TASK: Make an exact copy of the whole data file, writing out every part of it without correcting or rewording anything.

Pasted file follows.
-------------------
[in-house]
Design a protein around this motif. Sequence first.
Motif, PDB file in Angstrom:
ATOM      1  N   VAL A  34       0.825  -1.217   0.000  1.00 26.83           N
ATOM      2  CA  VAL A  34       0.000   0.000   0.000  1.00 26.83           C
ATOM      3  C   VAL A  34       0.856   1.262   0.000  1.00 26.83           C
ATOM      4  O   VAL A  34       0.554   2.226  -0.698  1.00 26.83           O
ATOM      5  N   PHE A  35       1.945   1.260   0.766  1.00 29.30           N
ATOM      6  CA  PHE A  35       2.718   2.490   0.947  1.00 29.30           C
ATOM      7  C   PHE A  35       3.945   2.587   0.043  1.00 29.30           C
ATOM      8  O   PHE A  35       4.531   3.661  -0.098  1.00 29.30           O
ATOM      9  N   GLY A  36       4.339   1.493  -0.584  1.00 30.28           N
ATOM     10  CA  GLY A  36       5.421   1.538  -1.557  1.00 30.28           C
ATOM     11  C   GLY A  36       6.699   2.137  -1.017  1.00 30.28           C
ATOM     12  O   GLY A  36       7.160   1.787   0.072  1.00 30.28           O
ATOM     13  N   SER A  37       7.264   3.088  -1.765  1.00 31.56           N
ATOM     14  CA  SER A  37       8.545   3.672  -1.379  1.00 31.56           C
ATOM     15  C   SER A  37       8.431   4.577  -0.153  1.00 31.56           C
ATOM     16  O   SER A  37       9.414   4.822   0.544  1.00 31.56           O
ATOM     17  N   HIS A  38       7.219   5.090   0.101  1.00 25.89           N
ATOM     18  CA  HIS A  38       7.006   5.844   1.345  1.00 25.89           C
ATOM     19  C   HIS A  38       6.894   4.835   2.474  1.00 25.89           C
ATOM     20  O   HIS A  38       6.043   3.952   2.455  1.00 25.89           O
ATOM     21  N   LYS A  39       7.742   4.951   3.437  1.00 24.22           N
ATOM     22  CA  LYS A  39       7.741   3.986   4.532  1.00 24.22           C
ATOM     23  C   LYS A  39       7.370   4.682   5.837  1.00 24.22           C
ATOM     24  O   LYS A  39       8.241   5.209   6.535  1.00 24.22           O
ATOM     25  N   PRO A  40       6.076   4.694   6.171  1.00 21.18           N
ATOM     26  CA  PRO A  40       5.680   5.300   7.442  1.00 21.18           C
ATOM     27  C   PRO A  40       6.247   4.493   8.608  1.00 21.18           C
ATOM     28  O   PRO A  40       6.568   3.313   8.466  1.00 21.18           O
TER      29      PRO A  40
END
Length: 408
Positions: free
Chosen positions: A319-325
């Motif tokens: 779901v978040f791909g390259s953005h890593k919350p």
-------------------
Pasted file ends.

[in-house]
Design a protein around this motif. Sequence first.
Motif, PDB file in Angstrom:
ATOM      1  N   VAL A  34       0.825  -1.217   0.000  1.00 26.83           N
ATOM      2  CA  VAL A  34       0.000   0.000   0.000  1.00 26.83           C
ATOM      3  C   VAL A  34       0.856   1.262   0.000  1.00 26.83           C
ATOM      4  O   VAL A  34       0.554   2.226  -0.698  1.00 26.83           O
ATOM      5  N   PHE A  35       1.945   1.260   0.766  1.00 29.30           N
ATOM      6  CA  PHE A  35       2.718   2.490   0.947  1.00 29.30           C
ATOM      7  C   PHE A  35       3.945   2.587   0.043  1.00 29.30           C
ATOM      8  O   PHE A  35       4.531   3.661  -0.098  1.00 29.30           O
ATOM      9  N   GLY A  36       4.339   1.493  -0.584  1.00 30.28           N
ATOM     10  CA  GLY A  36       5.421   1.538  -1.557  1.00 30.28           C
ATOM     11  C   GLY A  36       6.699   2.137  -1.017  1.00 30.28           C
ATOM     12  O   GLY A  36       7.160   1.787   0.072  1.00 30.28           O
ATOM     13  N   SER A  37       7.264   3.088  -1.765  1.00 31.56           N
ATOM     14  CA  SER A  37       8.545   3.672  -1.379  1.00 31.56           C
ATOM     15  C   SER A  37       8.431   4.577  -0.153  1.00 31.56           C
ATOM     16  O   SER A  37       9.414   4.822   0.544  1.00 31.56           O
ATOM     17  N   HIS A  38       7.219   5.090   0.101  1.00 25.89           N
ATOM     18  CA  HIS A  38       7.006   5.844   1.345  1.00 25.89           C
ATOM     19  C   HIS A  38       6.894   4.835   2.474  1.00 25.89           C
ATOM     20  O   HIS A  38       6.043   3.952   2.455  1.00 25.89           O
ATOM     21  N   LYS A  39       7.742   4.951   3.437  1.00 24.22           N
ATOM     22  CA  LYS A  39       7.741   3.986   4.532  1.00 24.22           C
ATOM     23  C   LYS A  39       7.370   4.682   5.837  1.00 24.22           C
ATOM     24  O   LYS A  39       8.241   5.209   6.535  1.00 24.22           O
ATOM     25  N   PRO A  40       6.076   4.694   6.171  1.00 21.18           N
ATOM     26  CA  PRO A  40       5.680   5.300   7.442  1.00 21.18           C
ATOM     27  C   PRO A  40       6.247   4.493   8.608  1.00 21.18           C
ATOM     28  O   PRO A  40       6.568   3.313   8.466  1.00 21.18           O
TER      29      PRO A  40
END
Length: 408
Positions: free
Chosen positions: A319-325
């Motif tokens: 779901v978040f791909g390259s953005h890593k919350p």